In practice, our research leads to three recommendations:
Establish a public energy consumer advocate to engage the public and advocate on its behalf in policy and regulatory areas
An independent, arms-length energy consumer advocate would engage and inform small consumers (residential and small business), and advocate for the public in regulatory and policy forums. It should follow best practices from other jurisdictions that have similar bodies to engage with and advocate on behalf of the public and protect consumer interests. It will also communicate with the public, using plain language to explain complex policy issues. Although it will advocate for consumers, the Ontario energy consumer advocate will not displace the successful funded intervenor system that is currently in place in regulatory hearings, but complement it and make it more cost-efficient.
Create a charter of citizens’ rights for energy infrastructure siting
Siting of new energy infrastructure is possibly the most contentious aspect of energy policy. When the public is insufficiently engaged, public opposition is often directed towards siting decisions. At the same time, the benefits of strong and concerted public engagement can have long-lasting benefits. Of course, the effectiveness of public engagement on siting varies widely depending upon the project and the project’s proponent, whether that be a public sector body or a private developer. Some ensure that best practices are followed; others just do the minimum required. A charter of citizens’ rights for energy infrastructure siting would ensure that a project proponent’s public consultation plan could be consistently evaluated against a descriptive set of principles for effective public engagement. It would also clarify what can be expected in the process for both the public and the proponent, and require that the decision demonstrate how public concerns were considered.
Formalize the roles of intervenors in the regulatory process
The current funded intervenor model at the Ontario Energy Board, in which independent intervenors can receive payment to cover the costs of appearing before the regulator, has provided good value for consumers’ money, when measured from a strictly short-term financial perspective. However, there is significant room for improvement, primarily in formalizing the collaboration and accountability of these independent intervenors. Formalizing the independent intervenor system will ensure that a diversity of opinions are included in the regulatory process and that resources are allocated efficiently, while also examining long-term concerns.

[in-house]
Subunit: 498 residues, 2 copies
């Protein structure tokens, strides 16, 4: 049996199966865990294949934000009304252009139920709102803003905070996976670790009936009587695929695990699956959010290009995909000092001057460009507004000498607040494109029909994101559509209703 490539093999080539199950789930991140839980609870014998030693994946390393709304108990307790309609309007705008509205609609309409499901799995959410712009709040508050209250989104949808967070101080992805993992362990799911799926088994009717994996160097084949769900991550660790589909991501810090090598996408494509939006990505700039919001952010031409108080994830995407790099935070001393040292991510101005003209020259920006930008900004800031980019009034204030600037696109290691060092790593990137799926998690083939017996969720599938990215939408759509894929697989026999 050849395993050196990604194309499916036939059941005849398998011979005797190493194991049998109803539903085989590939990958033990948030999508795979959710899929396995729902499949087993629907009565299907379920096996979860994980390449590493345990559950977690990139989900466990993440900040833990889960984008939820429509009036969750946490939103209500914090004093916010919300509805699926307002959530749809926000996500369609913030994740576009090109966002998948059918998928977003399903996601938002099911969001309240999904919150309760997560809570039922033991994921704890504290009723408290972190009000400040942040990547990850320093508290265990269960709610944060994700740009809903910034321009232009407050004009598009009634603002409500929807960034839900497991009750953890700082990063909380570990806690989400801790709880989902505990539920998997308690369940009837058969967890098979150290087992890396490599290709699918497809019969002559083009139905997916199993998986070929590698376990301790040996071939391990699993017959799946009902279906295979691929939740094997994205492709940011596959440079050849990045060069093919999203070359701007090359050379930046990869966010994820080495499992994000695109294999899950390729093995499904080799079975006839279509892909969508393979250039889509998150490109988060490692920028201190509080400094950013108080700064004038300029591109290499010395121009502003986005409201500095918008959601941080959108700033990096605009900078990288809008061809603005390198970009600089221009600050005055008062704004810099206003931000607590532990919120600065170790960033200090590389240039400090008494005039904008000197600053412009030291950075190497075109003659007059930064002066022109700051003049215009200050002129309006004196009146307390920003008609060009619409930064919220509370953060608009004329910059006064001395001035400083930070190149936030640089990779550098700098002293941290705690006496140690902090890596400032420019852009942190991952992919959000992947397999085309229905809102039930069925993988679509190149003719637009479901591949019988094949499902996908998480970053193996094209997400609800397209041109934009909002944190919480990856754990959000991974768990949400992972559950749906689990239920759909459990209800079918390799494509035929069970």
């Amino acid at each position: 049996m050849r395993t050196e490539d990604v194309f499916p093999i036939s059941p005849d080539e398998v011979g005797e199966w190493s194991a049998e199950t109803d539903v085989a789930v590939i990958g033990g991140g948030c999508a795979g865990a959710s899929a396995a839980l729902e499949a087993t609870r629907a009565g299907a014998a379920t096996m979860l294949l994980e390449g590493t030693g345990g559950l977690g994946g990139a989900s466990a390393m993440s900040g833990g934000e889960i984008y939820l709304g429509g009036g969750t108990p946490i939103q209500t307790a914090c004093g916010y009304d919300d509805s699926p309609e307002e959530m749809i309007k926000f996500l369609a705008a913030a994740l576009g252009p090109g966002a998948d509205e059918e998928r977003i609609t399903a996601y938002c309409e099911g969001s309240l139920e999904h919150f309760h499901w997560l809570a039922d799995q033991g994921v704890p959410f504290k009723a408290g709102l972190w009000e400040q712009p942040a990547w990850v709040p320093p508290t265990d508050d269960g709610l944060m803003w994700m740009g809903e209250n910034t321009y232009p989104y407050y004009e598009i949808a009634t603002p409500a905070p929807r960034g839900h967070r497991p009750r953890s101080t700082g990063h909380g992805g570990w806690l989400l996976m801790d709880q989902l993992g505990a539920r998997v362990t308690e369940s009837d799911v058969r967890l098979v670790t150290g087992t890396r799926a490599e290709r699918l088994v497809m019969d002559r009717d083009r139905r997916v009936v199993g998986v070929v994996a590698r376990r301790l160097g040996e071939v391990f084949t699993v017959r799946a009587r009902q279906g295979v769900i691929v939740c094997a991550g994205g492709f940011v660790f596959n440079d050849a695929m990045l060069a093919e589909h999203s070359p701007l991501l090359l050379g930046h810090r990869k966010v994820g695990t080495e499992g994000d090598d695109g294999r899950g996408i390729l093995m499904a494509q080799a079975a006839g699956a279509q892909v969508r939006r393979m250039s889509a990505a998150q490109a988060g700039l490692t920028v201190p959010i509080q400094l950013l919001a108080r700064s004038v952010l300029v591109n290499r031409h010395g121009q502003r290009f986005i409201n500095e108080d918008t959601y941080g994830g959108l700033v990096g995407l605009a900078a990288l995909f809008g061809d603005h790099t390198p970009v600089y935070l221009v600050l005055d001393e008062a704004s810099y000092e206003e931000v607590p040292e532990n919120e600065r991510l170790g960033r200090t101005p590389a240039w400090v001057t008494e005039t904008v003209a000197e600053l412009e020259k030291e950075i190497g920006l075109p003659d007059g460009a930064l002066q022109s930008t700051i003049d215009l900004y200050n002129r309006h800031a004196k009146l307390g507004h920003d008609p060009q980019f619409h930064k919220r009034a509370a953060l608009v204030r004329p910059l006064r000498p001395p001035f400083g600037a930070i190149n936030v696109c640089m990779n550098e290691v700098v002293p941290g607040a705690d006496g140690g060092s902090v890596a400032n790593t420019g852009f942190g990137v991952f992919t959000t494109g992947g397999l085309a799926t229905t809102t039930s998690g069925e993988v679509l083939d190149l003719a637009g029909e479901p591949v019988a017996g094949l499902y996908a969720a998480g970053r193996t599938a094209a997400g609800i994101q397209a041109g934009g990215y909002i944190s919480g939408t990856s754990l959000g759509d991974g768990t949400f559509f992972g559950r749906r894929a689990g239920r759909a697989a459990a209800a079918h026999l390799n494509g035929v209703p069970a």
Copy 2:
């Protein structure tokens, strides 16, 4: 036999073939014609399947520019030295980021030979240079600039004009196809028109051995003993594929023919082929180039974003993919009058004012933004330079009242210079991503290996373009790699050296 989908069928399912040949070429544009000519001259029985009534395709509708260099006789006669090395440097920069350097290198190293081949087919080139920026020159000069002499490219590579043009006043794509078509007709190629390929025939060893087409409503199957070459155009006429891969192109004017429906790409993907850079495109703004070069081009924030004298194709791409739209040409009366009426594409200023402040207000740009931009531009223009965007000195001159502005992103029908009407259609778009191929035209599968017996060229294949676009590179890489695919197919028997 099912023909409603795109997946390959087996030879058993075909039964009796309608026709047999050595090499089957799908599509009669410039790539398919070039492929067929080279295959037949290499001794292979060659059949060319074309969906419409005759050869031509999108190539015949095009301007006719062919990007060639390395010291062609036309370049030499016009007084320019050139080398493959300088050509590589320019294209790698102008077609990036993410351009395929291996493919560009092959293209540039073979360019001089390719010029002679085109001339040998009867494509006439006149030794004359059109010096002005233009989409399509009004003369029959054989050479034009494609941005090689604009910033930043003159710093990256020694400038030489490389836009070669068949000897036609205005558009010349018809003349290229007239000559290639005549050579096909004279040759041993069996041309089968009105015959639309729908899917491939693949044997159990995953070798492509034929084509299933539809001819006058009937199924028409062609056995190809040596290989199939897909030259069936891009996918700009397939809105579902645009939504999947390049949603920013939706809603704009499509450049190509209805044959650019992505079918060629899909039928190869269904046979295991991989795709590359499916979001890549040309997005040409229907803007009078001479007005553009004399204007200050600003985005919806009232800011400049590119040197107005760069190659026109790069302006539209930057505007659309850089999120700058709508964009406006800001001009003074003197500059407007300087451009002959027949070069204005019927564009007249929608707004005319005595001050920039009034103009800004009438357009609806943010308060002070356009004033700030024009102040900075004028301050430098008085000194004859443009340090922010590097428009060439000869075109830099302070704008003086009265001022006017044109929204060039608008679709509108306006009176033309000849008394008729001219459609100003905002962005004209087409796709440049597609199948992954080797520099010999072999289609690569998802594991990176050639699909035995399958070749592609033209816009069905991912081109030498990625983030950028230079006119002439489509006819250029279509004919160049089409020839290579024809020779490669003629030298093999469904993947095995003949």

The challenges in Ontario are long-standing but we can learn from other jurisdictions. Clarifying the role of the public, politicians, and expert planners is crucial since they all play important roles in the energy planning process. But it is imperative to define clearly where and when each exercises its power.
Like all areas of public policy, energy policy choices involve trade-offs. It is not usually possible to have inexpensive, reliable, and clean energy. Choices must be made to privilege some of these objectives over others. When consumers and the public do not understand the consequences of their choices—and, importantly, do not have to immediately or directly pay for their choices—energy policy becomes all the more challenging. By allowing the public to understand and grapple with complexity and make informed choices, public agencies can secure the social licence needed to carry out energy policy choices. By implementing the three recommendations in this report, Ontario can benefit from a better informed public more able to deliberate on and support the trade-offs inherent in energy policy.
Taken together, these three recommendations could lead to securing social licence through a more transparent and trusted public engagement process as well as a more energy-literate public in Ontario. Although some of these recommendations will have financial implications, the experience of other jurisdictions suggests that attaining social licence will lead to long-term savings.
We cannot underestimate the challenge in Ontario, where the debate has become highly charged and frequently distorted, but a more open, transparent, and deliberate process that coordinates all the areas—policy, regulatory, and siting—is necessary. Such a process would put the public at the centre of decision-making.
October 17, 2014